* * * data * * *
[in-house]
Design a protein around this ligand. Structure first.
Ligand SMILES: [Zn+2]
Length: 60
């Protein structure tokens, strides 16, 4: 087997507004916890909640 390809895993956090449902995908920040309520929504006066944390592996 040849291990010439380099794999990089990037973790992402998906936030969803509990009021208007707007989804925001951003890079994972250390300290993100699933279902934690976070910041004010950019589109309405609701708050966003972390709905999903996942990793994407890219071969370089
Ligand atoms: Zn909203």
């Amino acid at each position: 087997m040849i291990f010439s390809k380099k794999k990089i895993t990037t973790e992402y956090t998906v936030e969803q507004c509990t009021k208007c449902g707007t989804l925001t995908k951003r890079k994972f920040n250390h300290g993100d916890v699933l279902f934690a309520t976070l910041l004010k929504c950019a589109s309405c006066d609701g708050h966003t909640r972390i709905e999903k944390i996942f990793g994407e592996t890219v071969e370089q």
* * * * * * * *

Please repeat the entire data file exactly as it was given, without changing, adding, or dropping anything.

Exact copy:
[in-house]
Design a protein around this ligand. Structure first.
Ligand SMILES: [Zn+2]
Length: 60
């Protein structure tokens, strides 16, 4: 087997507004916890909640 390809895993956090449902995908920040309520929504006066944390592996 040849291990010439380099794999990089990037973790992402998906936030969803509990009021208007707007989804925001951003890079994972250390300290993100699933279902934690976070910041004010950019589109309405609701708050966003972390709905999903996942990793994407890219071969370089
Ligand atoms: Zn909203």
């Amino acid at each position: 087997m040849i291990f010439s390809k380099k794999k990089i895993t990037t973790e992402y956090t998906v936030e969803q507004c509990t009021k208007c449902g707007t989804l925001t995908k951003r890079k994972f920040n250390h300290g993100d916890v699933l279902f934690a309520t976070l910041l004010k929504c950019a589109s309405c006066d609701g708050h966003t909640r972390i709905e999903k944390i996942f990793g994407e592996t890219v071969e370089q």